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Phenotypic and genetic analyses of two Campylobacter fetus isolates from a patient with relapsed prosthetic valve endocarditis.
Lynch, Caoimhe T.
Oxford University Press
Campylobacter fetus can cause intestinal and systemic disease in humans and are well-established veterinary and economic pathogens. We report the complete genomic sequences of two C. fetus subsp. fetus (Cff) isolates recovered in 2017 (CITCf01) and 2018 (CITCf02) from a case of recurrent prosthetic valve endocarditis. Both were capable of growth aerobically. Their genomes were found to be highly conserved and syntenic with 99.97% average nucleotide identity (ANI) while differences in their respective sap loci defined the temporal separation of their genomes. Based on core genome phylogeny and ANI of 83 Cff genomes belonging to the previously described human-associated Cff lineage, CITCf01 and CITCf02 grouped in a clade of 11 sequence type (ST)3 Cff (including the Cff type strain NCTC 10842T). CITCf01 and CITCf02 were marked for their lack of unique genomic features when compared to isolates within the subspecies and the type strain in particular. We identified point mutations in oxidative stress response genes, among others, that may contribute to aerobiosis. We report a case of Cff causing relapsed prosthetic valve endocarditis and we highlight the sap island as a polymorphic site within the genetically stable ST3 lineage, central to pathogenicity.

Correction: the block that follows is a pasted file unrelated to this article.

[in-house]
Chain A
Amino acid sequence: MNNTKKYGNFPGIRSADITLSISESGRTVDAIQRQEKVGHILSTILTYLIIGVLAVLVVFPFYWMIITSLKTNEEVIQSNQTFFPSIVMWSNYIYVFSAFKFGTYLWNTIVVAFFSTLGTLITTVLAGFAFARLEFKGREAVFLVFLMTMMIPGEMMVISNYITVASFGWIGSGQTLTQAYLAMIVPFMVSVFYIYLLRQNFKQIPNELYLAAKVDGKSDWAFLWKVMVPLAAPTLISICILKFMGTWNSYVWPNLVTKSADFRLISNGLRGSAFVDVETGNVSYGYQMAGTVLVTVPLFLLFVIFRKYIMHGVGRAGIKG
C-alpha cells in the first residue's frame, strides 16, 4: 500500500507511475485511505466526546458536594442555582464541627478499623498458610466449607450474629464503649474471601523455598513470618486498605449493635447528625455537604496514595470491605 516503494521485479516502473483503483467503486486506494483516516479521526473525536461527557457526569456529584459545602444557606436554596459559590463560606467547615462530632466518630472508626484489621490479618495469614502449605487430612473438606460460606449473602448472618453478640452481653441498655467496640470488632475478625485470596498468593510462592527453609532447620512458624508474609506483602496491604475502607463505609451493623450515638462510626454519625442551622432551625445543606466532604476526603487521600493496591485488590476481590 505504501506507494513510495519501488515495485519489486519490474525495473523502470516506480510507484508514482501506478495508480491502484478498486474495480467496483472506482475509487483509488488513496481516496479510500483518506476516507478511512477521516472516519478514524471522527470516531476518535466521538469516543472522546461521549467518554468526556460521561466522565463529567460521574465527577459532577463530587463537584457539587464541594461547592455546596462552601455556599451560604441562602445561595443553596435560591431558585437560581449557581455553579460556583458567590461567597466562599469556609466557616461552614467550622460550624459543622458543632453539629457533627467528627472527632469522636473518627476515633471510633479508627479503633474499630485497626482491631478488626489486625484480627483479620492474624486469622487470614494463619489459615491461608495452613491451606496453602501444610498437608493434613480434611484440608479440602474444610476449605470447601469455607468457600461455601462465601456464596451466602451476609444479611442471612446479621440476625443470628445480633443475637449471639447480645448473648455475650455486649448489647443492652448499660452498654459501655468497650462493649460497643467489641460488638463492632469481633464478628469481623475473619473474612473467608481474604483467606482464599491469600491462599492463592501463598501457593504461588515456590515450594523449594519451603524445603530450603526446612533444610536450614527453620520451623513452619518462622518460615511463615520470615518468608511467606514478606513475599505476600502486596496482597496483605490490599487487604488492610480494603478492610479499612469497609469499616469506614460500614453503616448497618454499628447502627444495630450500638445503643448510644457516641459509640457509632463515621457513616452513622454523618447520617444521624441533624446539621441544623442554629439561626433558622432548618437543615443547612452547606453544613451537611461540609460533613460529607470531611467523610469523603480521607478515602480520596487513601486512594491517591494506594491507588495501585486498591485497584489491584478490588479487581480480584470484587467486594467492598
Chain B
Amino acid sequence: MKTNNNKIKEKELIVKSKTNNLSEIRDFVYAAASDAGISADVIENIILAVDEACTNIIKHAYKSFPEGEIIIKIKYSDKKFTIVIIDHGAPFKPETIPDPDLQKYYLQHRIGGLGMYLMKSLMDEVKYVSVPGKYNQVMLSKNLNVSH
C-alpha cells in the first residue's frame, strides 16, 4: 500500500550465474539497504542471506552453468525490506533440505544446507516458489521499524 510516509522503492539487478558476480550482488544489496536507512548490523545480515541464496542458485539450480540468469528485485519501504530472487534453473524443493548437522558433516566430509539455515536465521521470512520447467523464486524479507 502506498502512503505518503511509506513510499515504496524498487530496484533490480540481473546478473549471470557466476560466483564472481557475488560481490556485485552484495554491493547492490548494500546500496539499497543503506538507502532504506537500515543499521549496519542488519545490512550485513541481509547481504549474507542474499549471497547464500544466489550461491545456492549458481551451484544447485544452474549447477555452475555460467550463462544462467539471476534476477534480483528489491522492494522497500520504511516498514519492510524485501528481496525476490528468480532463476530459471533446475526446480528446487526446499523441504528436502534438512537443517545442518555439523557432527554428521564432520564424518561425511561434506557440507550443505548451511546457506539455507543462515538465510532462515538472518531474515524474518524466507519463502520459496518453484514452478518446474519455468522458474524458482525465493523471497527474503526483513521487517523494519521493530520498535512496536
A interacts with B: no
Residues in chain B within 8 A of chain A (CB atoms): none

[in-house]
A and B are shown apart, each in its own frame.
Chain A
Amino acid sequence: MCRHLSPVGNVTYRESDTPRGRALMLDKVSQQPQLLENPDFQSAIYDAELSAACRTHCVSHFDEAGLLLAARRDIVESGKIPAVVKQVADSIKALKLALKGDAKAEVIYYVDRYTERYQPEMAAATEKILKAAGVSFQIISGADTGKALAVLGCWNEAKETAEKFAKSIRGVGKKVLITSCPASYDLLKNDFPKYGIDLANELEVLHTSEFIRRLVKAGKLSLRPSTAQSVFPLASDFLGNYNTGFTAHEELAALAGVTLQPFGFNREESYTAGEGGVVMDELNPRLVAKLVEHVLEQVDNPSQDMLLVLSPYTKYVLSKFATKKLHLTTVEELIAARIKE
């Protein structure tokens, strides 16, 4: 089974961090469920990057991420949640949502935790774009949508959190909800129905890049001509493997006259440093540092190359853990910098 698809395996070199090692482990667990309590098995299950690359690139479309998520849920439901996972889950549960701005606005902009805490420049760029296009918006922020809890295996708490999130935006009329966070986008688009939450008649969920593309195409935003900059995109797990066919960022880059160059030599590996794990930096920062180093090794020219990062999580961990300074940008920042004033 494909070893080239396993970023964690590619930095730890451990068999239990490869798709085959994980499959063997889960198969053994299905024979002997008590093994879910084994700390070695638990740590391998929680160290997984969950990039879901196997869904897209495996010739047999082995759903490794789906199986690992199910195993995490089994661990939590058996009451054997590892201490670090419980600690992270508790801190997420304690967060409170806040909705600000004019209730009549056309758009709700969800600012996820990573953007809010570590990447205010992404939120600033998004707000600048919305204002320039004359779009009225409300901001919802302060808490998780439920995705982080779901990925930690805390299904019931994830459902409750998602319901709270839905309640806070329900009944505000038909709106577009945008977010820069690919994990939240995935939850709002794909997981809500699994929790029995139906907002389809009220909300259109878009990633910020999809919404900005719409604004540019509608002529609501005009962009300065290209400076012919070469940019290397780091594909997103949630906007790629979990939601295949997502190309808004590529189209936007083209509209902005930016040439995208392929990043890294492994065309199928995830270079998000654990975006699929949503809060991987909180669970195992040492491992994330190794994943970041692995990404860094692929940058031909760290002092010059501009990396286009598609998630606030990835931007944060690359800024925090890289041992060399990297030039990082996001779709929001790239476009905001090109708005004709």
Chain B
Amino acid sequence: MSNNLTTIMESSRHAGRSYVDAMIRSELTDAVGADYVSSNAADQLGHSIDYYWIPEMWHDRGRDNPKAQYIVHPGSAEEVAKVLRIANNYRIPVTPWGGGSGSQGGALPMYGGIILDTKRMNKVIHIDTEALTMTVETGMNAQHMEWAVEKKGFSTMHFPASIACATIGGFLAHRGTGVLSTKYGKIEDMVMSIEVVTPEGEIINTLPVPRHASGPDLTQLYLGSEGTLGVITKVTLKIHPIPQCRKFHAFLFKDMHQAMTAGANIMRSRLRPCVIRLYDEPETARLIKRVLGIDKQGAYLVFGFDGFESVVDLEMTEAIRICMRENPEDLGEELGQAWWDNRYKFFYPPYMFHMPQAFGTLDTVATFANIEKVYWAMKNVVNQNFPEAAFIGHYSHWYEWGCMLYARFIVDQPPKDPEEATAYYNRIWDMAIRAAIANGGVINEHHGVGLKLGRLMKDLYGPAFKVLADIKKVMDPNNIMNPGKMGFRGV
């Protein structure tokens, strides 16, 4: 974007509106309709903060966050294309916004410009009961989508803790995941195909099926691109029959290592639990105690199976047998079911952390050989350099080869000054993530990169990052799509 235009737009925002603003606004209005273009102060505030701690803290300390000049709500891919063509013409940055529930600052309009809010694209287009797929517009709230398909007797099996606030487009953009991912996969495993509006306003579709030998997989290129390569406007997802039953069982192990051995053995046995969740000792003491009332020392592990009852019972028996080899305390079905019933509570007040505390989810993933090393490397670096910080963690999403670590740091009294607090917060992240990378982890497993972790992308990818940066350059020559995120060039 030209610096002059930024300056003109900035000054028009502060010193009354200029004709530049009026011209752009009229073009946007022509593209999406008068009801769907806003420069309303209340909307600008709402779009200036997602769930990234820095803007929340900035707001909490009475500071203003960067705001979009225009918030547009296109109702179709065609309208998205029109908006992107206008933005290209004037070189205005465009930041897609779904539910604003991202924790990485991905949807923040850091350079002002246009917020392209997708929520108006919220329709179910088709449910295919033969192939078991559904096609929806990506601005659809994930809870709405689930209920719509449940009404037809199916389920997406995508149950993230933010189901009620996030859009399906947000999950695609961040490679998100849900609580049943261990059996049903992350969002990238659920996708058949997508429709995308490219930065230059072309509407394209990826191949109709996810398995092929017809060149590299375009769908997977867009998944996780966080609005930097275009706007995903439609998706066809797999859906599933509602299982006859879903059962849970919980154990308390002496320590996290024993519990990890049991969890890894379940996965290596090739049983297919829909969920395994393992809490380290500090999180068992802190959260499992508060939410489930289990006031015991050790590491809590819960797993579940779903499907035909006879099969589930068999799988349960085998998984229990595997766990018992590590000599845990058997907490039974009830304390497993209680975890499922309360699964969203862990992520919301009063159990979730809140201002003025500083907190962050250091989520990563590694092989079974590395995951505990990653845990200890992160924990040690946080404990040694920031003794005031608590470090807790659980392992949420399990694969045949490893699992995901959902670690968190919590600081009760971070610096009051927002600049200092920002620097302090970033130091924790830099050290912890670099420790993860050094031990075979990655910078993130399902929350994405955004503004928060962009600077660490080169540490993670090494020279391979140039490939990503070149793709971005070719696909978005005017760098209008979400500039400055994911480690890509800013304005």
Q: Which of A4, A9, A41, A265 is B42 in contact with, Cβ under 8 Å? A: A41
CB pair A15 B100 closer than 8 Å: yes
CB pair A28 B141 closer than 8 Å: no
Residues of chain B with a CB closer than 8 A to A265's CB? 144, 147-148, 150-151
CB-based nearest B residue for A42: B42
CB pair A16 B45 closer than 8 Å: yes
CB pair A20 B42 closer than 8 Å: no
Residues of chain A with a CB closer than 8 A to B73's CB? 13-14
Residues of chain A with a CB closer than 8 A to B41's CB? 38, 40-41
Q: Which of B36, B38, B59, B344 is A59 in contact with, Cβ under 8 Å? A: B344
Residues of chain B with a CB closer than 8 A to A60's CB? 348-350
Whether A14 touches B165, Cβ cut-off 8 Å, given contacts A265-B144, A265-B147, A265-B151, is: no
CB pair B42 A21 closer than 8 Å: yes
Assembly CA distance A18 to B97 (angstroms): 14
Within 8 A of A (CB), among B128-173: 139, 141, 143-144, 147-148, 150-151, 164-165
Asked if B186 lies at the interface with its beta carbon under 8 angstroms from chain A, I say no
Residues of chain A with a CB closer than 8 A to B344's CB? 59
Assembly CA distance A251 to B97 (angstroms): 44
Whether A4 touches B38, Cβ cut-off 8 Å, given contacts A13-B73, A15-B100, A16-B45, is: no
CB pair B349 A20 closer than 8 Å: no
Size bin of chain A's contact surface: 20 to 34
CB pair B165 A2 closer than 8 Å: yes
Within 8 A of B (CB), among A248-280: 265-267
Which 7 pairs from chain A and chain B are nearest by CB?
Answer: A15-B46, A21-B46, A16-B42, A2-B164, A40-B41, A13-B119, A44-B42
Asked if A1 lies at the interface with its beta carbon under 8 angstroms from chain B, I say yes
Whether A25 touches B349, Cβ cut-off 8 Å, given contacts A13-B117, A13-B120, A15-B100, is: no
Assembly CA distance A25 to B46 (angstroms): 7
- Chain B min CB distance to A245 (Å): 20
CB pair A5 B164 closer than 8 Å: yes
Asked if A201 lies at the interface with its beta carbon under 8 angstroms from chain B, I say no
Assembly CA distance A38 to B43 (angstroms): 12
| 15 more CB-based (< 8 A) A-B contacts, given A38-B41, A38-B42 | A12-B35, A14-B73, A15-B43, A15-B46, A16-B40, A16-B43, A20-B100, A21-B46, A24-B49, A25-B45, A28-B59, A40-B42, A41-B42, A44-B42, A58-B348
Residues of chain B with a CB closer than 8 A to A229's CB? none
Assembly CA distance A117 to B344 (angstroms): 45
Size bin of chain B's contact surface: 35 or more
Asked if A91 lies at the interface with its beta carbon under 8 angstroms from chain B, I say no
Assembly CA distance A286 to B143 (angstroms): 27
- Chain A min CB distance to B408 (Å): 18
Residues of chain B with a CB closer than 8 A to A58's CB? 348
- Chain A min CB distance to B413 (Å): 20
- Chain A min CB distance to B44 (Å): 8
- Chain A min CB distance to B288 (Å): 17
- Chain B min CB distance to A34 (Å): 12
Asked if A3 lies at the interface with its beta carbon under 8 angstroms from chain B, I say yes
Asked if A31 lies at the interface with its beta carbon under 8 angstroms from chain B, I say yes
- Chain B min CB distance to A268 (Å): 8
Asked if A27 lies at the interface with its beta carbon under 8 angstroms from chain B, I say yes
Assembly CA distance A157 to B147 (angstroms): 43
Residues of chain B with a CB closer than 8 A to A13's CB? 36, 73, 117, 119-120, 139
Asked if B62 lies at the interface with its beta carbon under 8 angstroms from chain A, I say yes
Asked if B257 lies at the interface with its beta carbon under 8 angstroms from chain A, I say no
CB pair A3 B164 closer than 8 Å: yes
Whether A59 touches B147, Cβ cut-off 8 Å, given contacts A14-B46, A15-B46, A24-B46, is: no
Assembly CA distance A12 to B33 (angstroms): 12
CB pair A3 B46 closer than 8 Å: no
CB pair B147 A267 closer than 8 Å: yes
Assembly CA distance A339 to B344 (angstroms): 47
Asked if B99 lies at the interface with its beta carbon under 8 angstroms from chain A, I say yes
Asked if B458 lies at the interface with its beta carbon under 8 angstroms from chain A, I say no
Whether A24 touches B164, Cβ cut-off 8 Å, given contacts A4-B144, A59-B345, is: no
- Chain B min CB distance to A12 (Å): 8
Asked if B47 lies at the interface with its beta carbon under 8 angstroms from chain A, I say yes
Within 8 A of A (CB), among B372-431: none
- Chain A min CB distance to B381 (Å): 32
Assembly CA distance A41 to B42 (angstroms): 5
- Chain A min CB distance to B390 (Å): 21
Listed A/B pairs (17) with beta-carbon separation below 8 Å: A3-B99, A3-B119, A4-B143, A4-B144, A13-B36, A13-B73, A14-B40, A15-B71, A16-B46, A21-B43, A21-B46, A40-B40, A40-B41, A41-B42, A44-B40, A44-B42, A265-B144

Phylogenomics , Endocarditis , Campylobacter fetus , Campylobacter , Aerobiosis , Phenotype
Lynch, C. T., Buttimer, C., Epping, L., O'Connor, J., Walsh, N., Mccarthy, C., O'Brien, D., Vaughan, C., Semmler, T., Bolton, D., Coffey, A., Lucey, B. (2022) ‘Phenotypic and genetic analyses of two Campylobacter fetus isolates from a patient with relapsed prosthetic valve endocarditis’, Pathogens and Disease, 79 (9), pp. 1-12. doi:10.1093/femspd/ftab055
© The Author(s) 2021. Published by Oxford University Press on behalf of FEMS. This is a pre-copyedited, author-produced version of an article accepted for publication in Pathogens and Disease following peer review. The version of record is available online at: https://doi.org/10.1093/femspd/ftab055